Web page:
nick

A History of the Emperor of All Maladies by Nick

In recent years historical chronicles of illnesses have made the publishing rounds. Just as one author might tackle the sprawling historicity of the Hapsburg’s, others have recently opted to focus their research on disease. Some have taken a light, humorous approach to disease and decay, Mary Roach’s Stiff for example, as opposed to a more traditionally dense, academic style. The latter, while thorough, doesn’t really do any favors for the lay person.

Rom Rachman's The Imperfectionists by Nick

It’s tempting to read The Imperfectionists as a case study for the modern newspaper: adapt or become obsolete. It’s also tempting to read The Imperfectionists as a dramatic miniseries which makes it difficult not to compare it to other dramatic period pieces, notably Mad Men . This would be a mistake, though.

Localism and Comic Books by Nick

Personally, I couldn’t be happier watching my generational peers resurrecting creature comforts of their childhood. I’m not sure you should expect to see baseball card trading outposts cropping up in your local strip mall, but comic books are coming back in a big way (as are 8-bit style games in the form of phone apps, 90’s era punk derivatives, and gaudy fluorescent fashion. Yep, not so thrilled for that last one.)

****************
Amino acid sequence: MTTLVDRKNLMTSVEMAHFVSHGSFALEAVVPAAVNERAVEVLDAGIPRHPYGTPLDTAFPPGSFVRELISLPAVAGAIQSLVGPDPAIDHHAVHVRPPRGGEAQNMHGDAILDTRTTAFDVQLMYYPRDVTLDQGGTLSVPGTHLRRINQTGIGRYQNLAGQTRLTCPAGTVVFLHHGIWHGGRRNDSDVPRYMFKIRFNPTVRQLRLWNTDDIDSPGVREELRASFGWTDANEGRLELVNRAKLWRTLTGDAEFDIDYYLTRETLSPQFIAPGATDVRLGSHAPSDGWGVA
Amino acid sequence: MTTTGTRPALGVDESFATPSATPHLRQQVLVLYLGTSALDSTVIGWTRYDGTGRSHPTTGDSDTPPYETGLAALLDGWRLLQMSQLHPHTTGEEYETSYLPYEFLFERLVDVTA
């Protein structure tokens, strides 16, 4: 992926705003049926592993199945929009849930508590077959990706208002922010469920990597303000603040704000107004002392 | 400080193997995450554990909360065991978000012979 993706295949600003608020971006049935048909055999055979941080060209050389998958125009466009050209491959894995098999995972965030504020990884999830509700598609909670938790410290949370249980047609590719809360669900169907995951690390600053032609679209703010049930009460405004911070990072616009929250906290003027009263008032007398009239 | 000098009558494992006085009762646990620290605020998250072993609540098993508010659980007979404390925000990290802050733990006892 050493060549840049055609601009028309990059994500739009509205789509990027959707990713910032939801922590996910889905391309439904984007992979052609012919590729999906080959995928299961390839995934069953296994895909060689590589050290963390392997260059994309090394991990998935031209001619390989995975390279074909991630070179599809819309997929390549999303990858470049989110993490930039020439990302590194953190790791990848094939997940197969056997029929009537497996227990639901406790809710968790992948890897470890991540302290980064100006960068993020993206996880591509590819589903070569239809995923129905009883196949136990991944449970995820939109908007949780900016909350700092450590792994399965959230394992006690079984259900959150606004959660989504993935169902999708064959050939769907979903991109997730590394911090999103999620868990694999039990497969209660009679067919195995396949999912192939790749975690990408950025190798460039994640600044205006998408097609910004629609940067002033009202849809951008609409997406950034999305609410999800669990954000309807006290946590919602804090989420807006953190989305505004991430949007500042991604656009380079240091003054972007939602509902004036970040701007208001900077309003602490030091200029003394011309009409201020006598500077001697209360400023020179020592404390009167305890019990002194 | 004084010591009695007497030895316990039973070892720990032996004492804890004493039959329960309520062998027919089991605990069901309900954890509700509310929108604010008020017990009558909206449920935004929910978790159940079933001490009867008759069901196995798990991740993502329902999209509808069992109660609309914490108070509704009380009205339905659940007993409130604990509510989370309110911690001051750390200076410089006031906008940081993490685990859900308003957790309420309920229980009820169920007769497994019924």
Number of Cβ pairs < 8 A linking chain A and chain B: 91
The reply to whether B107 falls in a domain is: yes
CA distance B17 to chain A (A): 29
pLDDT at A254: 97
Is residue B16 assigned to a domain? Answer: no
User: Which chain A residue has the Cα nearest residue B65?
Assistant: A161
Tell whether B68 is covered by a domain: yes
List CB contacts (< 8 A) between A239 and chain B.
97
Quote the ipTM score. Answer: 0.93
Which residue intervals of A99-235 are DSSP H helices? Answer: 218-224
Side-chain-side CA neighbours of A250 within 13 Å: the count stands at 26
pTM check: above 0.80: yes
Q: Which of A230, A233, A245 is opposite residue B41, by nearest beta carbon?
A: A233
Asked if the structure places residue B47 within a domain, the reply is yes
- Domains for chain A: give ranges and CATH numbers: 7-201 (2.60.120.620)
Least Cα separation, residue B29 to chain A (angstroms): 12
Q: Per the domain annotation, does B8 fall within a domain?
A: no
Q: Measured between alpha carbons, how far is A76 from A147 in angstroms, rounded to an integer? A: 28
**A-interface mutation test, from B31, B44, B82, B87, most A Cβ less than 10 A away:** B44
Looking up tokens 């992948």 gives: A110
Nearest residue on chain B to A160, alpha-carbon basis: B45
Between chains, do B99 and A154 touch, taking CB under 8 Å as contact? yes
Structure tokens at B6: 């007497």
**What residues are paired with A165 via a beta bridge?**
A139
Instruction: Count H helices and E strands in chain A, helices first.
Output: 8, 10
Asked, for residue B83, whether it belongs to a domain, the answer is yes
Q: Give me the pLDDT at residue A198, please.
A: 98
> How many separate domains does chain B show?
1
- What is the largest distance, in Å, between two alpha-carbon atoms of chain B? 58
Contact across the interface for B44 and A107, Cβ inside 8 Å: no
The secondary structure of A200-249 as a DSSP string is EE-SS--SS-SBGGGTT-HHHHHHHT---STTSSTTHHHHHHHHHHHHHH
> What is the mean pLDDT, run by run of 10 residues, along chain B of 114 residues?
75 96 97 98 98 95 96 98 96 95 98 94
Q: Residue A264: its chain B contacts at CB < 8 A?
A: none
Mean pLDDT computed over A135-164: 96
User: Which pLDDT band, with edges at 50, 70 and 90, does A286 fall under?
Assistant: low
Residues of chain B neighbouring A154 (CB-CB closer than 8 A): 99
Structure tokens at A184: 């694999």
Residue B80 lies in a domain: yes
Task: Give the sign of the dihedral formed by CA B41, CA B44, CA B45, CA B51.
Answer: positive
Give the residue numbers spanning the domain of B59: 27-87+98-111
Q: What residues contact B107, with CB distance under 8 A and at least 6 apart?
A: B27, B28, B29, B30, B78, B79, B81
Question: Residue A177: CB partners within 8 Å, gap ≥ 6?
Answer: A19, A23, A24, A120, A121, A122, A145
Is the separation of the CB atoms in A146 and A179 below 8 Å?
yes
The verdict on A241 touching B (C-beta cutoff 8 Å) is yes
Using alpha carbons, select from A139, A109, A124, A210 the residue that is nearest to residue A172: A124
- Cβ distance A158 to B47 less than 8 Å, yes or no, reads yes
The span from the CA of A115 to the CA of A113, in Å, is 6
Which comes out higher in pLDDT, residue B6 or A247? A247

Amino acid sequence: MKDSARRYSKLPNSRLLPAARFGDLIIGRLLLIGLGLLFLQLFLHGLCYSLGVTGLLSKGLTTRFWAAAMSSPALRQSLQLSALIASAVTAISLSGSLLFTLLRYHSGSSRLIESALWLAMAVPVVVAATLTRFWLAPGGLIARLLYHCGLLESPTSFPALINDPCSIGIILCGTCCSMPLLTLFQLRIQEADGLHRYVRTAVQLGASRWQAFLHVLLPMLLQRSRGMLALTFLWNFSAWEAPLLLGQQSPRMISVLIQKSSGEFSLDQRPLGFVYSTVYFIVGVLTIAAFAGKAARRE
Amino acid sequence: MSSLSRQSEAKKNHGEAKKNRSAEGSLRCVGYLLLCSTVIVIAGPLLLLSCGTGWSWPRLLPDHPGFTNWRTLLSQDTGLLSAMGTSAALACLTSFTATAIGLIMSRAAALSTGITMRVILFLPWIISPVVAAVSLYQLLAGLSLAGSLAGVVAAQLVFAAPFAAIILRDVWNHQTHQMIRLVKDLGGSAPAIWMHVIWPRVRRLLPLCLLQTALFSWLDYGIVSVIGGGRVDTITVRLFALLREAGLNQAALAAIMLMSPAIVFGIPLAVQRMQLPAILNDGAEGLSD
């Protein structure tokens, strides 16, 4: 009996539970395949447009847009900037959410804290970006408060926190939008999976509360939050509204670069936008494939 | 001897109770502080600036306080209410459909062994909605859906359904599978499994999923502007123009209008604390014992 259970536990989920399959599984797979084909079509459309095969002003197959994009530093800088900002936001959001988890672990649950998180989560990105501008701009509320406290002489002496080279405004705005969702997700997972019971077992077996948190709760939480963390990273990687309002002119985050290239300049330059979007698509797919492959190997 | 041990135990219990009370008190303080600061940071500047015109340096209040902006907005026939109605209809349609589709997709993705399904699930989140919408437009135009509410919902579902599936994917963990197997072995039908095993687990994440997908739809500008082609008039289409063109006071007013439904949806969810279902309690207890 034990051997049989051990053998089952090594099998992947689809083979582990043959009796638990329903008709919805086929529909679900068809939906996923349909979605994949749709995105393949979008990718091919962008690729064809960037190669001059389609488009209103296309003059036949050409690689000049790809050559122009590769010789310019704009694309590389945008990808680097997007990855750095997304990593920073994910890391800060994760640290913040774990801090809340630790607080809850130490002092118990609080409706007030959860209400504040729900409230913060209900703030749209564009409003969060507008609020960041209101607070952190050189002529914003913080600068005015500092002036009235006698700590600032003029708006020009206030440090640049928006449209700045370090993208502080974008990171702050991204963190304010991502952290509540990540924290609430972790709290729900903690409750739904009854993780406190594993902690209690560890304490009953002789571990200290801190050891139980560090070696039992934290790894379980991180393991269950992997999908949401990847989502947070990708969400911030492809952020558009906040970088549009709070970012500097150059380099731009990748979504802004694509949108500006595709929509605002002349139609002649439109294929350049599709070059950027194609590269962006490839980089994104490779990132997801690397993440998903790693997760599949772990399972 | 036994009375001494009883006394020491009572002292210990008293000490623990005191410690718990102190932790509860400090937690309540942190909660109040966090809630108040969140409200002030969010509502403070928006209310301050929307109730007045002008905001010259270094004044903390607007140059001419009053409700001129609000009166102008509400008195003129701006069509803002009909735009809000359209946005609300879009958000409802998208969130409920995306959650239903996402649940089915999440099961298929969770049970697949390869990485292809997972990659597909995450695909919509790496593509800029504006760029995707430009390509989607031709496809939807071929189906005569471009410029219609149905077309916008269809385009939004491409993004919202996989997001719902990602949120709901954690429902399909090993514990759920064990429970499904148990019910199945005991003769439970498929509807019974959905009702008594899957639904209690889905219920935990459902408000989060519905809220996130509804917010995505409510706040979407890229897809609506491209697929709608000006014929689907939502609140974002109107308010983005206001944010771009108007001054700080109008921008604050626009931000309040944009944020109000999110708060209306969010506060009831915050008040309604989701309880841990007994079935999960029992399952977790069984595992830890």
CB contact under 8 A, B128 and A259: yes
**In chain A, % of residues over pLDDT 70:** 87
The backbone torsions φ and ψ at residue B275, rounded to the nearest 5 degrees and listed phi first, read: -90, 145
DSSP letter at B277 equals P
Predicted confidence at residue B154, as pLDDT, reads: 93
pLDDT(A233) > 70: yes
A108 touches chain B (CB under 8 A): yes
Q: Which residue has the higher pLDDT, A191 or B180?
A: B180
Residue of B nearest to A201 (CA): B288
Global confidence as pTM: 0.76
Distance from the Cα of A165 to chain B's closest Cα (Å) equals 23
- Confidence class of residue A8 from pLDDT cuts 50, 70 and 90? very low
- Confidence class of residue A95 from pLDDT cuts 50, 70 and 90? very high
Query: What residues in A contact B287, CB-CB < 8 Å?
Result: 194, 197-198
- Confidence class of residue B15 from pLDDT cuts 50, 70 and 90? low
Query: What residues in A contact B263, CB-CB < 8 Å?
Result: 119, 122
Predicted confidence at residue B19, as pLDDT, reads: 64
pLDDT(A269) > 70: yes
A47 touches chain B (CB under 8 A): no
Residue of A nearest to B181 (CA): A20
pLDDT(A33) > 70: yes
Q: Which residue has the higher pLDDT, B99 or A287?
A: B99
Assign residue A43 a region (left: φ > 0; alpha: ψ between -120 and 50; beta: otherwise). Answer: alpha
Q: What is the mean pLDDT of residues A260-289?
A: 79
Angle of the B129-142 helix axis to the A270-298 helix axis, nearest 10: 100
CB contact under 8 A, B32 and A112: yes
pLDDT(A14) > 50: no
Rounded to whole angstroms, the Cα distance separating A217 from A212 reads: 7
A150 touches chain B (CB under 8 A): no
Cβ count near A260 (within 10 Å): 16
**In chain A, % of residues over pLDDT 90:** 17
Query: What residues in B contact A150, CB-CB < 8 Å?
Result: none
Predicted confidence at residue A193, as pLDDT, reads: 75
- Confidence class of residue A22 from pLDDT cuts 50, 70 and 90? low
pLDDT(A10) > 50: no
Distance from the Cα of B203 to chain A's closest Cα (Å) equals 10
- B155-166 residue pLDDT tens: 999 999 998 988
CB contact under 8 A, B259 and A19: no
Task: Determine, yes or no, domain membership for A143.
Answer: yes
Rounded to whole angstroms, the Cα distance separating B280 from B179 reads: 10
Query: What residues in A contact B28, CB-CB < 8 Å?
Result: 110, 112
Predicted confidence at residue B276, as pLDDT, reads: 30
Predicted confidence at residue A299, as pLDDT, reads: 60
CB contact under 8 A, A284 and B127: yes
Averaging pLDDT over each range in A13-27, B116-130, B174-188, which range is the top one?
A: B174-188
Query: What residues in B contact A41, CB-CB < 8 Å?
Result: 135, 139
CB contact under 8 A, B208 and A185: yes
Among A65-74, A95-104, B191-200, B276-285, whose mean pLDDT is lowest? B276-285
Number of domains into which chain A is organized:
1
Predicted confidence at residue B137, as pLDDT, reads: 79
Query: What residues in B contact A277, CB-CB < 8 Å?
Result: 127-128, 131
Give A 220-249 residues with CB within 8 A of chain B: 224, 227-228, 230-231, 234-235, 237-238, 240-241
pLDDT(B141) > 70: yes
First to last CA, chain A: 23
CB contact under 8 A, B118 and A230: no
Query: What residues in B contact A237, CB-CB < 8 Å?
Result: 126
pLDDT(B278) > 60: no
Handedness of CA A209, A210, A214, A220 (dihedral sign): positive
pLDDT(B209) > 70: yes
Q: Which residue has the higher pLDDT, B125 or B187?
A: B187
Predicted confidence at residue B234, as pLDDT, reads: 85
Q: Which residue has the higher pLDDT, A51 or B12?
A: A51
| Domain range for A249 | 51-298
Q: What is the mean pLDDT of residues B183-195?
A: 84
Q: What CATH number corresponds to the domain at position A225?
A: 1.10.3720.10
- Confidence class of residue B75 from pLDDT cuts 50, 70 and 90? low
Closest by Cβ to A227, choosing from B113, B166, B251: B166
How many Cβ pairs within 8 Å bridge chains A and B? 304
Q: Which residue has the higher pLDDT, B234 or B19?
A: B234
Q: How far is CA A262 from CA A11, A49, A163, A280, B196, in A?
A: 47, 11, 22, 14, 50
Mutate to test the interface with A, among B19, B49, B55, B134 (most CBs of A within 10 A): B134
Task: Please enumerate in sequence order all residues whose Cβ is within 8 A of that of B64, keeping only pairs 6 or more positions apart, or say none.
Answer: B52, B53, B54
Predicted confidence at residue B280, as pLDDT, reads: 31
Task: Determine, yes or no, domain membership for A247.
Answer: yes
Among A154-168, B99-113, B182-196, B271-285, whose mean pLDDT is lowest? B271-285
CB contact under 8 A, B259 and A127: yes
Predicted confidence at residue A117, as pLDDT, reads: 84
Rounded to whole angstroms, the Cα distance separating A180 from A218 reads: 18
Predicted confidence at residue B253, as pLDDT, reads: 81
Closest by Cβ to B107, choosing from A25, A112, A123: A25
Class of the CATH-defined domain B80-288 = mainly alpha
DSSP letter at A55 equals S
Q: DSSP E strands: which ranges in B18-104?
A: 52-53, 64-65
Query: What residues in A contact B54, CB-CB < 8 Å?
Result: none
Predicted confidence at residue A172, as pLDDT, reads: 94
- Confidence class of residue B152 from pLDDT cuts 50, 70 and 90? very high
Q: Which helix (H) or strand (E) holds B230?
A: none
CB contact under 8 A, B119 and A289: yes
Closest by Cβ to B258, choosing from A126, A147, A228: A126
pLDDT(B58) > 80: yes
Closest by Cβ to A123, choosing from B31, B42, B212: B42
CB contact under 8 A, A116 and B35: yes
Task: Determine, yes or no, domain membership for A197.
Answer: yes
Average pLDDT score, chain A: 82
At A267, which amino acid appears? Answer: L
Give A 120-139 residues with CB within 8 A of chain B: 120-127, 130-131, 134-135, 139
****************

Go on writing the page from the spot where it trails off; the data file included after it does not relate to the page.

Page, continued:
Making [the] Fiction Personal and Jennifer Egan's A Visit from the Goon Squad by Nick

If you are in the midst of pursuing a career as a professional reviewer, be it film, literature, fine dining, or craft sales in sub-Saharan Africa these ramblings are probably not directed to you (unless of course you take issue with my gross negligence of common grammar rules). No, this musing is about making reading an intensely personal experience.

The Year's Best by Nick

Please indulge me while I channel my inner Rob Fleming, the list makers’ list maker. While Nick Hornby’s High Fidelity protagonist might chide me for my lack of brevity and keeping the list to an essential five, that just wouldn’t be fair to omit five extraordinary books. So here we go; my personal favorites I’ve read this year.

1. Our Burden’s Light by Patrick Thomas Casey

Pages